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#65751 - Update guide to reflect new ltsp core

1 swift 1.1 <?xml version='1.0' encoding="UTF-8"?>
2 swift 1.10 <!-- $Header: /var/cvsroot/gentoo/xml/htdocs/doc/en/ltsp.xml,v 1.9 2004/08/20 14:24:36 neysx Exp $ -->
3 swift 1.1 <!DOCTYPE guide SYSTEM "/dtd/guide.dtd">
4    
5     <guide link="/doc/en/ltsp.xml">
6     <title>Gentoo - LTSP Guide</title>
7     <author title="Author">
8 swift 1.2 <mail link="lanius@gentoo.org">Heinrich Wendel</mail>
9 swift 1.1 </author>
10     <author title="Author">
11     <mail link="josiah@ritchietribe.net">Josiah Ritchie</mail>
12     </author>
13     <author title="Editor">
14     <mail link="swift@gentoo.org">Sven Vermeulen</mail>
15     </author>
16    
17     <abstract>
18     This guide shows you how to setup a LTSP Server with Gentoo.
19     </abstract>
20 swift 1.6
21     <license/>
22    
23 swift 1.10 <version>1.7</version>
24     <date>October 09, 2004</date>
25 swift 1.1 <chapter>
26     <title>Introduction</title>
27     <section>
28     <title>What is LTSP?</title>
29     <body>
30     <p>
31     LTSP is an abbreviation for "Linux Terminal Server Project". Installed
32     on a server it can supply many workstations (so called thin-clients)
33     with identical environments. All applications run on the server and
34     therefore you can use old PCs and convert them into XTerminals. This
35     reduces costs and maintenance especially in an environment where you
36     need to have an uniform workspace on each computer you login, e.g. in
37     schools or firms.
38     </p>
39     </body>
40     </section>
41     </chapter>
42     <chapter>
43     <title>Installation</title>
44     <section>
45     <title>Preliminaries</title>
46     <body>
47     <p>
48     All of the examples in this document presume that your server's IP is
49     192.168.0.254, your domain is named yourdomain.com and your network is
50     192.168.0.0/24.
51     </p>
52     </body>
53     </section>
54     <section>
55     <title>Installation</title>
56     <body>
57    
58     <p>
59     First of all, you must have a working Gentoo system. Please read the
60     Gentoo Installation Manual for your architecture on <uri
61     link="http://www.gentoo.org/doc">Gentoo's Documentation Website</uri>.
62     </p>
63    
64     <p>
65     Then lets begin with the easiest step, installing the ltsp core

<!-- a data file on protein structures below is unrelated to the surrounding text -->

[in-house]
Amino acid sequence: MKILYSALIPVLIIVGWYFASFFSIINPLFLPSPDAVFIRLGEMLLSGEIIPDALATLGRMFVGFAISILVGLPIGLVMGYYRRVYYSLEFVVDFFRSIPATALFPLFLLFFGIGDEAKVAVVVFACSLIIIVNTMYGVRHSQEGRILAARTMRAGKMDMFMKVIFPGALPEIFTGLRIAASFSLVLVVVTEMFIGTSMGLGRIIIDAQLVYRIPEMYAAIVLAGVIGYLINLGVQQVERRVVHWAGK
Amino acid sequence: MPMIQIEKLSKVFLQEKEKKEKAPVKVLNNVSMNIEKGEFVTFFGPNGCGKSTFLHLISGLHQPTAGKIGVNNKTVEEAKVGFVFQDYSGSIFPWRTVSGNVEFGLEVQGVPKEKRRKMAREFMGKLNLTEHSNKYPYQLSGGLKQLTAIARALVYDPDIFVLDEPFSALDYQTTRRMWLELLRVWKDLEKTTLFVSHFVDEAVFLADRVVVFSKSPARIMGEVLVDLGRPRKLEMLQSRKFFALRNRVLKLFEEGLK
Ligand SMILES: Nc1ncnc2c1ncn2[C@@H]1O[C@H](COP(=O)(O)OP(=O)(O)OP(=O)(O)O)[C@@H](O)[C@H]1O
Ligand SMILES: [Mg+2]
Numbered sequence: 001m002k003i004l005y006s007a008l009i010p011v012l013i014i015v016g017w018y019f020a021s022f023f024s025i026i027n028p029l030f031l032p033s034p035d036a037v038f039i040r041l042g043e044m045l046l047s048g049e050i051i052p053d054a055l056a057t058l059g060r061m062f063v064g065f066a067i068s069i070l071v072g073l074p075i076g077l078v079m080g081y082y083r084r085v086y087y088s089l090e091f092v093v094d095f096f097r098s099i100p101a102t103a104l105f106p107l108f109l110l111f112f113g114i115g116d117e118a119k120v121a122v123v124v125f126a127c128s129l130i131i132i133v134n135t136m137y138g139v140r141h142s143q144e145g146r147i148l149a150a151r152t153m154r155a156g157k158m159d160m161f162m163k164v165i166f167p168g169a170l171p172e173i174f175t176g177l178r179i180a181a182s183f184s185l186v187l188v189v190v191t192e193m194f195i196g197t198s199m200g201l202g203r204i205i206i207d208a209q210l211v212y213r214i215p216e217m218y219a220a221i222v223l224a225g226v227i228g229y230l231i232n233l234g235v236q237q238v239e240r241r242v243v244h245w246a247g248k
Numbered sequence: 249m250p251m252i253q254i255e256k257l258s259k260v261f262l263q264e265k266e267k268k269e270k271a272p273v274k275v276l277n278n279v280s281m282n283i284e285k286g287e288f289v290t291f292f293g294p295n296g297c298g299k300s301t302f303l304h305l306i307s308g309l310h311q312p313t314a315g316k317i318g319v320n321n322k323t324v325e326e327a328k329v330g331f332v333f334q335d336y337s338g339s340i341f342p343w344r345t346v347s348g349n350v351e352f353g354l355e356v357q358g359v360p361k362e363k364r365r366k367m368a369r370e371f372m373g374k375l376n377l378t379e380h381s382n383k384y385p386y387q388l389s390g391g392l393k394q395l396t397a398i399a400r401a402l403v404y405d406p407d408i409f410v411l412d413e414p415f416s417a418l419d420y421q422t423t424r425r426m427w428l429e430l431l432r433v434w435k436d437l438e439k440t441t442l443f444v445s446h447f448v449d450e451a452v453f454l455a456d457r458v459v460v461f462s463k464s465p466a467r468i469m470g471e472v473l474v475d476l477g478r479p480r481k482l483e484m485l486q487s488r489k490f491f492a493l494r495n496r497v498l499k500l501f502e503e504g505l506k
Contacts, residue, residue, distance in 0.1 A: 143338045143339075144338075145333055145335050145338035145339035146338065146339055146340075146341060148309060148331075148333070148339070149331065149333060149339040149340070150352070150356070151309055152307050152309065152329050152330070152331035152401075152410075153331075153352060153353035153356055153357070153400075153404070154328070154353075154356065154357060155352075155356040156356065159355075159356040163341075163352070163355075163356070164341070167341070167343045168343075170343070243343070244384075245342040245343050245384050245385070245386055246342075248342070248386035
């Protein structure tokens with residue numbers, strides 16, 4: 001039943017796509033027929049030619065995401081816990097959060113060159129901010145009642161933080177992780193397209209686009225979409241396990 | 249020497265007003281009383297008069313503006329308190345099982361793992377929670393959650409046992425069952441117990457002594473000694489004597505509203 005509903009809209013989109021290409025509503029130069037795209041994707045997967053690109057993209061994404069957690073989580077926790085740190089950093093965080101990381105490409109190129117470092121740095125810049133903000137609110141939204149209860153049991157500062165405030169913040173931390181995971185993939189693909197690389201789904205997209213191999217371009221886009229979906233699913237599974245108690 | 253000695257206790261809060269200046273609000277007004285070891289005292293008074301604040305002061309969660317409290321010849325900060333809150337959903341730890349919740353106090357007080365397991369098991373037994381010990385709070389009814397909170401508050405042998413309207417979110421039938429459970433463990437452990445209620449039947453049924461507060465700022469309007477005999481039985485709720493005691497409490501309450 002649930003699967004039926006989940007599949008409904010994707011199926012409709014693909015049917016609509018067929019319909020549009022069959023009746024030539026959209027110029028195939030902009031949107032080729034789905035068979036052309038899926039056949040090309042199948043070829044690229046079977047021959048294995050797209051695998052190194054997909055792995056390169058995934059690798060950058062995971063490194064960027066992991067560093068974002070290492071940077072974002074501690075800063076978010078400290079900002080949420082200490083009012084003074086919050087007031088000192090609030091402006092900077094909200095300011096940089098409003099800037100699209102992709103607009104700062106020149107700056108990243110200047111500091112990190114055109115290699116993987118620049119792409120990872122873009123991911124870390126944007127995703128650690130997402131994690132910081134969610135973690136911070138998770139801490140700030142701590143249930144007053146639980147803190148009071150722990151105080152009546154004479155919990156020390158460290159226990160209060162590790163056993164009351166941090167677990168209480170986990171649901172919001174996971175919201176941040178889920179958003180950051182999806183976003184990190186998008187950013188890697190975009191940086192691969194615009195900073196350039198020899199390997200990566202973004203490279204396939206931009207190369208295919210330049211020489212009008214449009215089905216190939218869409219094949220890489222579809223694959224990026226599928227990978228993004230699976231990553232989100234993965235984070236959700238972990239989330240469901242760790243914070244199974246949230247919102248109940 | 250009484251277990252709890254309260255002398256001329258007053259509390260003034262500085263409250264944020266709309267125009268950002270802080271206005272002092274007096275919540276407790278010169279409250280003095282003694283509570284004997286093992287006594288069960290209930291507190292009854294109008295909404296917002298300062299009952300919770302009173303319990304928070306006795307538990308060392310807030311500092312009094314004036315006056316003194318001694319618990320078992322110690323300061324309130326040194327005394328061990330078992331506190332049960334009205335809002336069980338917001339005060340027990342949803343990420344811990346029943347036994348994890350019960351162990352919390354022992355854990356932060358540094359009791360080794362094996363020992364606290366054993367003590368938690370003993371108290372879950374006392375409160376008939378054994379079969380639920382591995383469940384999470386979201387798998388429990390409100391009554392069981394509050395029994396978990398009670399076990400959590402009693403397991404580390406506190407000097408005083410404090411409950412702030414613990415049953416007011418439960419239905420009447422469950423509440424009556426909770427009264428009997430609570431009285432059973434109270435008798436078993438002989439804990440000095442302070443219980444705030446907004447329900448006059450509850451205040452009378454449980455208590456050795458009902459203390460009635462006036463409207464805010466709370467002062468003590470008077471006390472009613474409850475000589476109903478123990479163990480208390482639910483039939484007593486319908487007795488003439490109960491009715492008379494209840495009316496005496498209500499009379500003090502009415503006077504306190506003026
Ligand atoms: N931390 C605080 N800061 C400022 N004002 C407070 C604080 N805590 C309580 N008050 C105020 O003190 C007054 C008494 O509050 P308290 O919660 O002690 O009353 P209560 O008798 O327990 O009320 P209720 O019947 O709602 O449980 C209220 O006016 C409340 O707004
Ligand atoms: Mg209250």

66     utils:
67     </p>
68    
69     <pre caption="Emerge LTSP">
70     # <i>emerge ltsp-core</i>
71     </pre>
72    
73     <p>
74     This will install the following packages as dependencies:
75     </p>
76    
77     <ul>
78     <li><b>XFree</b>: They are called XTerminals, guess why :)</li>
79     <li><b>DHCP</b>: DHCP is a protocol for automating the configuration of
80     computers that use TCP/IP, used by ltsp to distribute IPs to the
81     workstations.</li>
82     <li><b>NFS</b>: NFS is a protocol to allow access to harddisks through
83     the network, used by ltsp to mount a base system for the
84     workstations.</li>
85     <li><b>TFTP</b>: TFTP is a simple file transfer protocol, used by ltsp
86     to transfer the kernel to the workstations.</li>
87     <li><b>XINETD</b>: Xinetd is a powerful replacement for inetd, with
88     advanced features, used by ltsp to start tftp.</li>
89     </ul>
90    
91     <note>
92     If you have the kde/gnome useflag set, it will also install a complete kde/gnome system.
93     </note>
94    
95     </body>
96     </section>
97     </chapter>
98     <chapter>
99     <title>Configuration</title>
100 swift 1.6 <section>
101 swift 1.1 <body>
102    
103     <p>
104     After the emerge process has finished all services must be configured:
105     </p>
106    
107     </body>
108 swift 1.6 </section>
109 swift 1.1 <section>
110     <title>System Logger</title>
111     <body>
112    
113     <p>
114     To analyze problems easier, the system logger must be configured to
115     accept remote connections. Please read the documentation of your
116 swift 1.7 system logger on how to achieve this. If, for example, you are using
117     sysklogd, all you need to do is edit <path>/etc/conf.d/sysklogd</path> and add
118     "-r" to the SYSLOGD line:
119 swift 1.1 </p>
120    
121 swift 1.7 <pre caption="/etc/conf.d/sysklogd">
122     SYSLOGD="-m 0 -r"
123     KLOGD="-c 3 -2"
124     </pre>
125    
126 swift 1.1 </body>
127     </section>
128     <section>
129     <title>NFS</title>
130     <body>
131    
132     <p>
133     Next step is to edit your <path>/etc/exports</path> file, in order to